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CANA´LIS (σωλήν), a channel or canal, is used, like its English derivatives, to signify a watercourse, whether open or closed, and next any other passage which resembles a watercourse.

1. The method of constructing conduits is described by Vitruvius (8.7), who distinguishes the canalis, which is lined with masonry (structiis), from the leaden fistula and the earthenware tubulus (cf. Suet. Cl. 20). A ruder kind of conduit, which was made of timber or earthenware to carry water from a spring or stream to cattle in a meadow, is figured in the illustration below, taken from the Vatican Virgil (Verg. G. 3.330:; Varro, R. R. 3.5, 2). Again by canalis is denoted a feeding-trough, which was in the case of domestic birds placed inside their house, and fed from the outside by pipes (ib. 3.7, 8; 11, 2).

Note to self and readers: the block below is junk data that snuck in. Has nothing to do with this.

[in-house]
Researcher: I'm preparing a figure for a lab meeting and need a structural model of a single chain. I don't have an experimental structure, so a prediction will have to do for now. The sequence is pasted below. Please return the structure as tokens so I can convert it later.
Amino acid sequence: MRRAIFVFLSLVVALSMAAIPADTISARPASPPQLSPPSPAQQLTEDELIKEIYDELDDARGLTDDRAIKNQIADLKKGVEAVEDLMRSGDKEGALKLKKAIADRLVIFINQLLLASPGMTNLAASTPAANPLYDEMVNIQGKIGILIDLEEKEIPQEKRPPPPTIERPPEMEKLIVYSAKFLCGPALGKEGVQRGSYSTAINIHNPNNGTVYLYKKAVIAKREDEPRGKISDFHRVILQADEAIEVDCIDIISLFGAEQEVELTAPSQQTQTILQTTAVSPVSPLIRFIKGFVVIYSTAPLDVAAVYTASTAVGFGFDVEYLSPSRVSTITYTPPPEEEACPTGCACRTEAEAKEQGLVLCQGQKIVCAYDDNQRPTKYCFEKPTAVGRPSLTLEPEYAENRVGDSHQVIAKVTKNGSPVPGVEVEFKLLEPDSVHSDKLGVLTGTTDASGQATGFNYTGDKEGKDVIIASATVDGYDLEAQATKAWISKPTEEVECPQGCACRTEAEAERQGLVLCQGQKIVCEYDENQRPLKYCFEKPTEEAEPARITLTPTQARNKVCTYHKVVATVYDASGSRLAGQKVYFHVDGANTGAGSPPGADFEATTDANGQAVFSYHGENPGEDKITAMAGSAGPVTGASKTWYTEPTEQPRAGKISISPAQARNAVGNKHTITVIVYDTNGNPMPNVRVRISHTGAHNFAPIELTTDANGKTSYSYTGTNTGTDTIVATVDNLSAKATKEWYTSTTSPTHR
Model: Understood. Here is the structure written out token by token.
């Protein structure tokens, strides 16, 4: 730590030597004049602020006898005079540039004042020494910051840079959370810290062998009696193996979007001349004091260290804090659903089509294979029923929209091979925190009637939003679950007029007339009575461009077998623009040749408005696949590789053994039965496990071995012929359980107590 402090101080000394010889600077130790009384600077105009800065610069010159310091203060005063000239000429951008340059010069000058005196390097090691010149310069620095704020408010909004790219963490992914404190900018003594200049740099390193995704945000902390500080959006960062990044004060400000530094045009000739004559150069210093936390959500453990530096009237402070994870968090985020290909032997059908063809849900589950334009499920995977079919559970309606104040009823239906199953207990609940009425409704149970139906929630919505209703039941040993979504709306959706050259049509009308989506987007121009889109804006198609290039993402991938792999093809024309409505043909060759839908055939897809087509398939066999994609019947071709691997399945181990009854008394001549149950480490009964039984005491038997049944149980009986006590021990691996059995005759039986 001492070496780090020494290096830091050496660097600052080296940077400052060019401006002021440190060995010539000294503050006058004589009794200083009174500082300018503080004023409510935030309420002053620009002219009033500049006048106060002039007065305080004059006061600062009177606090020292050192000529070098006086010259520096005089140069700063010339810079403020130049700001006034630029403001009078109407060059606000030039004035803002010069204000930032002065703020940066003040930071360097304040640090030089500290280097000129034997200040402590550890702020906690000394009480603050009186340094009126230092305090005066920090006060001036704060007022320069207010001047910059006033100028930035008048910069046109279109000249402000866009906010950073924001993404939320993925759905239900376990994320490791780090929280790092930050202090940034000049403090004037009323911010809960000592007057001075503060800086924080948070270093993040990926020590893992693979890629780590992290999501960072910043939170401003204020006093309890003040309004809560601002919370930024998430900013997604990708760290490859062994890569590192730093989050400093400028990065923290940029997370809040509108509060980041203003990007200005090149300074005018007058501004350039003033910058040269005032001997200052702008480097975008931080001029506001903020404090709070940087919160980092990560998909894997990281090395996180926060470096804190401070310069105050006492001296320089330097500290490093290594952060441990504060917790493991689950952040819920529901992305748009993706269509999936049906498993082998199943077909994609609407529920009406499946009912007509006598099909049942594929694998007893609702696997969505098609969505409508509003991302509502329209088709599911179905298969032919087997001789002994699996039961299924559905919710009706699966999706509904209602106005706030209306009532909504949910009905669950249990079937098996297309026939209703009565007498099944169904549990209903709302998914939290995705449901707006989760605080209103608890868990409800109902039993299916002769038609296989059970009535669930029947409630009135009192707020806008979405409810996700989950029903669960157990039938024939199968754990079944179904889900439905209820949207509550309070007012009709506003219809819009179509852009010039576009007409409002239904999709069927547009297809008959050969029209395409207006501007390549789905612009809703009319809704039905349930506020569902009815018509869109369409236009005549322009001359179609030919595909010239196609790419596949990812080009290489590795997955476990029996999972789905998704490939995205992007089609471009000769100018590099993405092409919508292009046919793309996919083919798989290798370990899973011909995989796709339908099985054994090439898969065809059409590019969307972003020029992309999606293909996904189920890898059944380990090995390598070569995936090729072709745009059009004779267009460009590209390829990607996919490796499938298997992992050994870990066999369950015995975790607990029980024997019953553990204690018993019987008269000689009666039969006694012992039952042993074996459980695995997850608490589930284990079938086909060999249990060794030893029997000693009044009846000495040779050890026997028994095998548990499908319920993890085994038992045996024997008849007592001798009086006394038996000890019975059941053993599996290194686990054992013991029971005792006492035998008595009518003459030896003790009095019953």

Similarly canalis denotes the channel of a sewer, as, for instance, that in the Forum, which is at one spot exposed to view, and was a favourite station for loungers (Plaut. Curc. 4.1, 15; Fest. s. v. canalicolae). [p. 1.351]

2. Canalis is also a trench or vein in a gold-mine (Plin. Nat. 33.68), the barrel or

Canalis. (From the Vatican Virgil.)

channel for missiles (σῦριγξ) in a catapult (Vitr. 10.13, 7), a reed-pipe (Calp. Ecl. 4.76); in the medical writers, a splint (Cels. 8.10, 65) or a canal of the human body (Id. 4.1, 38); and finally, in architecture, the “channel” or flat surface running between the abacus and the echinus inside the volute, as in the accompanying cut from one of the triglyphs of the temple of Segesta in Sicily (Saglio, Dict. s.v.). [COLUMNA] J. H. F.]

Canalis in Architecture.

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